Erin Smith was the first person to reserve the Tamarack Resort vacation rental at 541 Whitewater Drive last year, the weekend before the Fourth of July. She arrived the afternoon of June 30 with her husband, daughter, a family friend and his son. They found the trappings of a typical high-end Valley County cabin: a spacious home with deck, grill, fireplaces and a fire pit.
One of those fireplaces would explode that night, killing everyone but Smith’s husband, William “Mitch” Smith, according to a wrongful death lawsuit filed in March.
“Mr. Smith made heroic efforts to save his family and friends but was ultimately driven from the structure by the intense heat, smoke and flames,” the lawsuit says. “Mr. Smith collapsed in the road, knowing that his wife, daughter and friends would not survive.”
The lawsuit — brought by Erin Smith’s husband, parents and estate — accuses the current and prior owners of the cabin, a fireplace company and various resort companies of causing the four deaths.
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Valley County Coroner Scott Carver identified the dead last year as Erin Smith, 34; her daughter Autumn Smith, 7; James “Jim” Harper III, 49; and James “JJ” Harper IV, 14.
The Smiths and Harper served in the National Guard together. Erin Smith made headlines in 2016 when she became one of the first female enlisted soldiers to serve in a combat role as a tank crew member.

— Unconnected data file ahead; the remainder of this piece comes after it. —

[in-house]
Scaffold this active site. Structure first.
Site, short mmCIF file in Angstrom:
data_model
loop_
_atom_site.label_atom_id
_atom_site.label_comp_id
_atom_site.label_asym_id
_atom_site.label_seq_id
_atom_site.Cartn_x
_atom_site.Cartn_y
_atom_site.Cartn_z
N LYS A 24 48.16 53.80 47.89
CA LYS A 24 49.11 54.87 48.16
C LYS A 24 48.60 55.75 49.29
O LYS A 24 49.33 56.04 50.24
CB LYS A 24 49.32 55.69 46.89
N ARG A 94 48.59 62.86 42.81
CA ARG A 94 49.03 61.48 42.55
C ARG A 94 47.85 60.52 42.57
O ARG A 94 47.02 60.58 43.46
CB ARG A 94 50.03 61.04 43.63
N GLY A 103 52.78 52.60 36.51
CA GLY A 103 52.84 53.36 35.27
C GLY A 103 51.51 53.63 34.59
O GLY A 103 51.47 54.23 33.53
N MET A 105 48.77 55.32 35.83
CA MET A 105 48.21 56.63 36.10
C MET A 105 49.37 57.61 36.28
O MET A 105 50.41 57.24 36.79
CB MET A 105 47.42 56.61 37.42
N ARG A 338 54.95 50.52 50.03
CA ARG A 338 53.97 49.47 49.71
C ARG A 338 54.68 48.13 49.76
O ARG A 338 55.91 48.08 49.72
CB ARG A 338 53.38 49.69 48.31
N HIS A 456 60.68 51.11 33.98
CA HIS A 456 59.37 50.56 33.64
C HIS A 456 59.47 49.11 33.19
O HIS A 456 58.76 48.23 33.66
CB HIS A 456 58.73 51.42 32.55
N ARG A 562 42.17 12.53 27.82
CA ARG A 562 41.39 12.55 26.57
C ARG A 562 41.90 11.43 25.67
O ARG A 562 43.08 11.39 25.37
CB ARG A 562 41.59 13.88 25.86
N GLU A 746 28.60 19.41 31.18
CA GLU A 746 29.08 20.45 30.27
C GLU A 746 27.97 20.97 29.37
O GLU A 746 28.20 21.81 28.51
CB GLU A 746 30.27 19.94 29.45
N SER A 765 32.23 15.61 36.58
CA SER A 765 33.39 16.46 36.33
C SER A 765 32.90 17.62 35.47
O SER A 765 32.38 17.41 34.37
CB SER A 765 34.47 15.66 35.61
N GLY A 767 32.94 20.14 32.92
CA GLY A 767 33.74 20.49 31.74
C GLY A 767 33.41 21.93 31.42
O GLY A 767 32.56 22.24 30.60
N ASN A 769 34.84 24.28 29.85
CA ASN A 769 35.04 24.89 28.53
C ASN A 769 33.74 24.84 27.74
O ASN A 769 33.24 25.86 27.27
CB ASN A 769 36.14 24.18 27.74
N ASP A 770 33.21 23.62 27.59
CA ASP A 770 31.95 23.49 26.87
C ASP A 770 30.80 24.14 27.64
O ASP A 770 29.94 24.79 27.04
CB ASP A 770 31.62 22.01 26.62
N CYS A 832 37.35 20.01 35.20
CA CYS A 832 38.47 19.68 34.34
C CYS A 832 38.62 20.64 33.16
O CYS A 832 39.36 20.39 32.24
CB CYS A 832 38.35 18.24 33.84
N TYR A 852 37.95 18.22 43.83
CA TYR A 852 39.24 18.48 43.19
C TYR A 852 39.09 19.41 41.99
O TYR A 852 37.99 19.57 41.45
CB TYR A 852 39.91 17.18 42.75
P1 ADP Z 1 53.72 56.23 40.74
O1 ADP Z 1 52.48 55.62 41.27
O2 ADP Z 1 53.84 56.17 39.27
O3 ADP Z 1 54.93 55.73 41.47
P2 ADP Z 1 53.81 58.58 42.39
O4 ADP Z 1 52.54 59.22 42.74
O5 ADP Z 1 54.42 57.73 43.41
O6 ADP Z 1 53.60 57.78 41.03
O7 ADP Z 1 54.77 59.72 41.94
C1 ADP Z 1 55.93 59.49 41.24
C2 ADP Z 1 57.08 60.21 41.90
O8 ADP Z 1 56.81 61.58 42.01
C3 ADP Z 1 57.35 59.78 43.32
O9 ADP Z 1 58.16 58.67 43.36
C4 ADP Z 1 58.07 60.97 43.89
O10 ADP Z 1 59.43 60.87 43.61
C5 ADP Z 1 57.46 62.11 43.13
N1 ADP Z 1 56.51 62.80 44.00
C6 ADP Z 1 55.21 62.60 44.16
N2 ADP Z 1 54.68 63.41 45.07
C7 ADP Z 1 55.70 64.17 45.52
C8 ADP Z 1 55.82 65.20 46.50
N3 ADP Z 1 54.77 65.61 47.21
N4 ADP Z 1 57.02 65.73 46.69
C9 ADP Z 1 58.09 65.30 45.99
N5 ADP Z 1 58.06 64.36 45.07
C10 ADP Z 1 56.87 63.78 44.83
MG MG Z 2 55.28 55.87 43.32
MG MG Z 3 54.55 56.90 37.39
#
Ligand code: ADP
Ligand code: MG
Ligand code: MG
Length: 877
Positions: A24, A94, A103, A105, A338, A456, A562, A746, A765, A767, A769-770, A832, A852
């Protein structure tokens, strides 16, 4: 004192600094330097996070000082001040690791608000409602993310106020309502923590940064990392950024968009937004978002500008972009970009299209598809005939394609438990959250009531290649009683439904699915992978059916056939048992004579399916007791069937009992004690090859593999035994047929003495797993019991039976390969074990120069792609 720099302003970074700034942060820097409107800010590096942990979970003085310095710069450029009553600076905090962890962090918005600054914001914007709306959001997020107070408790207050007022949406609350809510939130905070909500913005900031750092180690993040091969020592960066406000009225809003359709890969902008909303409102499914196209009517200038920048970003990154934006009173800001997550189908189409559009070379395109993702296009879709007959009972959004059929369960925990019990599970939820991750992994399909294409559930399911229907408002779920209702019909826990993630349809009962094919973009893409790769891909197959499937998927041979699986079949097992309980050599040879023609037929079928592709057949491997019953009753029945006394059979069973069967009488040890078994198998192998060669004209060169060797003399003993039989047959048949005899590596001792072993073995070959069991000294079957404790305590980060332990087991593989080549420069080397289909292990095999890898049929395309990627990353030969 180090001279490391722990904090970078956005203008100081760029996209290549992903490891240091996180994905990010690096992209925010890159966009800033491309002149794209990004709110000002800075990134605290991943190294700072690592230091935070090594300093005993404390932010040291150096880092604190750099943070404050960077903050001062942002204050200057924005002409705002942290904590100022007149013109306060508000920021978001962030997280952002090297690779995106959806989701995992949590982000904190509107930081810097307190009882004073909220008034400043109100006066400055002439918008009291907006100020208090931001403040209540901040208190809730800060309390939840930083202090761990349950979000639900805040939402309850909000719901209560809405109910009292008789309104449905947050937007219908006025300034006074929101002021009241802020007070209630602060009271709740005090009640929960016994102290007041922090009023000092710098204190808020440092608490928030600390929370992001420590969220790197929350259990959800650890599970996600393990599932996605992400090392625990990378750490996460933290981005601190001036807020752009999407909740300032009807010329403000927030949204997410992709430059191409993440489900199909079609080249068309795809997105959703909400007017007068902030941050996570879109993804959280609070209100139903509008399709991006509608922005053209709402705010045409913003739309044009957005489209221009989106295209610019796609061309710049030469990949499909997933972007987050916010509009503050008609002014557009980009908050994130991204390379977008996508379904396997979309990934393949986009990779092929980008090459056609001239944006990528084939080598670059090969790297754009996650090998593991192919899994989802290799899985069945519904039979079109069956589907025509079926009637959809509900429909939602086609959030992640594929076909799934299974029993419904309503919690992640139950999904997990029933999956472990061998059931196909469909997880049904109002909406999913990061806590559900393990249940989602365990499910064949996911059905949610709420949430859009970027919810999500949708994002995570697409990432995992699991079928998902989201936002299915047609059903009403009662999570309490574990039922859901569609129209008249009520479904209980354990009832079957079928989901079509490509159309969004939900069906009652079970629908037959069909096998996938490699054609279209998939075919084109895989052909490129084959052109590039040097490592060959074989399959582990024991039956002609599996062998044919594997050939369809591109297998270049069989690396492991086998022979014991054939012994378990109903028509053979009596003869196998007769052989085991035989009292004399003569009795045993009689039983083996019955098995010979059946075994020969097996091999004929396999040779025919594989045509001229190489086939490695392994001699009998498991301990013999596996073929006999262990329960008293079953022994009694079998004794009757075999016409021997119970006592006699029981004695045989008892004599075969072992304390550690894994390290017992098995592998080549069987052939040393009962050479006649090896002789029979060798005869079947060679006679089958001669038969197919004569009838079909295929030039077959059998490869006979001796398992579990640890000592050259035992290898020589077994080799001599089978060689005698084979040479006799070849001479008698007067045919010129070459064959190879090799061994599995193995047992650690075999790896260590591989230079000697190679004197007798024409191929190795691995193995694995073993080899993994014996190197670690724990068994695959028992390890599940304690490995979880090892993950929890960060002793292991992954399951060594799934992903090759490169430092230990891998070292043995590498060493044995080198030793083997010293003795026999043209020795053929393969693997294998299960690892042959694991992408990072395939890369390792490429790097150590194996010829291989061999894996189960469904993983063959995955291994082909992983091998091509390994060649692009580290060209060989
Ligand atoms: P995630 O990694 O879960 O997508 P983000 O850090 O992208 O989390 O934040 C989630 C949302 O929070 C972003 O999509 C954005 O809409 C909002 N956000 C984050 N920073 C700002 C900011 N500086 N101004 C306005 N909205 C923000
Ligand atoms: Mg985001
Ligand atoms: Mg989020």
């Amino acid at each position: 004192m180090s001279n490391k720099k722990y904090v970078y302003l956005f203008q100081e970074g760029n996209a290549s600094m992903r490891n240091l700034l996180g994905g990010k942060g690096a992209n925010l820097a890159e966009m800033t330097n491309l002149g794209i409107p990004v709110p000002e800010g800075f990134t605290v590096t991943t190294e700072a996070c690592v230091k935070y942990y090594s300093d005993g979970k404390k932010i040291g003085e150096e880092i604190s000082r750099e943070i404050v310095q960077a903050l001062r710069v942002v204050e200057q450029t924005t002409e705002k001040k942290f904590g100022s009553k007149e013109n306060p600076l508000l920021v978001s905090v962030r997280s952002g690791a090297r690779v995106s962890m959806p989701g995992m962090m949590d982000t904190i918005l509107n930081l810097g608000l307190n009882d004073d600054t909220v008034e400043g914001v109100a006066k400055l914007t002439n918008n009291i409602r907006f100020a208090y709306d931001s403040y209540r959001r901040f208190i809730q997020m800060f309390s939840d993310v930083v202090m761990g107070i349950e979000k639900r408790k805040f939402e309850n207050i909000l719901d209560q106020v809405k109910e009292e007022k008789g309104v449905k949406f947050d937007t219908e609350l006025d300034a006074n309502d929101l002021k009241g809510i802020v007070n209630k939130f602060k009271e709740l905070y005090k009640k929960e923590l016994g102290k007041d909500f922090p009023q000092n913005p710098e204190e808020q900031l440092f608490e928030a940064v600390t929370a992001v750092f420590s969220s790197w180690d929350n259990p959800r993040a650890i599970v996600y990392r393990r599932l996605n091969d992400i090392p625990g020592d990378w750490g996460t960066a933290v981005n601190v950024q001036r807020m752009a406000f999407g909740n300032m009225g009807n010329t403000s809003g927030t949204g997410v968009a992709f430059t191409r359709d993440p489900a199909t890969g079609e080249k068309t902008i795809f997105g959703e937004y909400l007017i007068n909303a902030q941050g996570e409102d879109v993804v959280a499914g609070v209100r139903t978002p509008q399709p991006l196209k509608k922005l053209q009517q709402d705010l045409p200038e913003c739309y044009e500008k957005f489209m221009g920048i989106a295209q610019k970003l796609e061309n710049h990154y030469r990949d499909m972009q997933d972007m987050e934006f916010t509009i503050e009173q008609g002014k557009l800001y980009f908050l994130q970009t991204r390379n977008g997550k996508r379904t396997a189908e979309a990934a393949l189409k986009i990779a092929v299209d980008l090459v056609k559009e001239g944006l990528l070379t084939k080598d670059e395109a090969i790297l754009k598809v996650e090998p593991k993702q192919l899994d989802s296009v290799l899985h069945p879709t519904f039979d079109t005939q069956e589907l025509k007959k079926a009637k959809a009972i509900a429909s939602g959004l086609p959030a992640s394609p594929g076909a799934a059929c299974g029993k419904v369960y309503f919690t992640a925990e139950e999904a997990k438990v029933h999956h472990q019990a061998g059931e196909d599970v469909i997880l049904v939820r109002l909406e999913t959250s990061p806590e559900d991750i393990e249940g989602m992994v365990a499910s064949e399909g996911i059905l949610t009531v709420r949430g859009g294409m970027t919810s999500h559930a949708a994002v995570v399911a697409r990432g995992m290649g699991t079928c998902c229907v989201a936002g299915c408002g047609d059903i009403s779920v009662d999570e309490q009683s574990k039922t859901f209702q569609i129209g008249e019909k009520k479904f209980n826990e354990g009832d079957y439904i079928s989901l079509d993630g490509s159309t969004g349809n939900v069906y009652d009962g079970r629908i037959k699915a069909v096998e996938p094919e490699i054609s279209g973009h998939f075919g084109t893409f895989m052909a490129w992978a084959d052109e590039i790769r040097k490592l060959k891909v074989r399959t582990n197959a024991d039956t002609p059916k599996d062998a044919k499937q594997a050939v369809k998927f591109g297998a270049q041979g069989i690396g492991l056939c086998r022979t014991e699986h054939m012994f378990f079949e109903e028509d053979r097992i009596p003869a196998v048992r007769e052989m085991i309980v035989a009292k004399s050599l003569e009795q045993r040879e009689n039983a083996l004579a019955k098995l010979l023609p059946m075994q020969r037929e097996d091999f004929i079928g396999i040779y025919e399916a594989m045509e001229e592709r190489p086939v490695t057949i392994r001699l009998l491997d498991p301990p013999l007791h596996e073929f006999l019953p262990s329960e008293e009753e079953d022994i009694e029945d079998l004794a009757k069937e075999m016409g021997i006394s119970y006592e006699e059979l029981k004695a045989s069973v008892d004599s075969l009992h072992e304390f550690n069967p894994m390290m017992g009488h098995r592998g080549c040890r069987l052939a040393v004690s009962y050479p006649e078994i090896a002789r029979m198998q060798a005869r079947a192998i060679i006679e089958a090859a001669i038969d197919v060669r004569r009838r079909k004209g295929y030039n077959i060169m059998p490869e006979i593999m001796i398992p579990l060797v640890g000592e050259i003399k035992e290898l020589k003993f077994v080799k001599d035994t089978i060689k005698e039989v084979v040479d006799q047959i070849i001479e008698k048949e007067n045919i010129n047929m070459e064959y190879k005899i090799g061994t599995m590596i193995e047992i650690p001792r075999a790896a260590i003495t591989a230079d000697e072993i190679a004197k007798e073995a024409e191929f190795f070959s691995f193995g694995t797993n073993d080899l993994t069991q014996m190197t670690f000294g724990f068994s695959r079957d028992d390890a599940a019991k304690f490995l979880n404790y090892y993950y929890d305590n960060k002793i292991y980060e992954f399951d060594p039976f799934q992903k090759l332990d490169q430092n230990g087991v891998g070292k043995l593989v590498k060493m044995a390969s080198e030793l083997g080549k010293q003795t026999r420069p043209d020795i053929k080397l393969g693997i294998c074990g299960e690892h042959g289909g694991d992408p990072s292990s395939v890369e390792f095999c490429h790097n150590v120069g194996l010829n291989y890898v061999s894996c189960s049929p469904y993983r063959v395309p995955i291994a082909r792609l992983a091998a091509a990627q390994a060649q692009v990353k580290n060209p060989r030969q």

What Smith remembers
The lawsuit lays out in detail Smith’s recollections of the afternoon and evening of the catastrophe:
The Smiths drove with Harper and his son to the Tamarack area on a Friday.
After getting keys to the cabin from Tamarack Lodge, the group drove to the hme and unloaded their vehicle. They got to work making dinner on the gas barbecue on the deck, then tried to start a fire in the outdoor propane pit. They used a key to turn a gas valve but couldn’t get the fire pit to work. They also noticed that the cabin didn’t have some of the basic necessities, so the Smiths went back to the lodge, where they “were advised to keep trying and if they could not get it to work, a maintenance person would come by the following day.”
When they got back to the cabin, the group decided to start a fire in one of the fireplaces. They couldn’t find any instructions on how to use the gas-fueled fireplace in the downstairs living room, but eventually figured out how to get it started with a remote control.
The group then decided to switch rooms, heading upstairs to the main floor, where the living room’s large windows offered views of the valley below. There, they found a fireplace with wood logs placed over crumpled and shredded paper. They saw a gas valve on the wall next to the fireplace, similar to the valve outside for the gas fire pit. Harper took charge of starting the fire and turned on the valve while trying to light the paper on fire. When he couldn’t get a flame, he turned the valve off, then tried again a couple of times. The last time he tried to start a fire, it caused a “massive explosion.”
Rocked by the explosion, the stone facade of the fireplace fell off the chimney. Boulders, drywall and debris fell down into the living room and trapped Harper, his son, Erin Smith and her daughter. William “Mitch” Smith was standing by one of the windows, far enough away to be clear of the debris.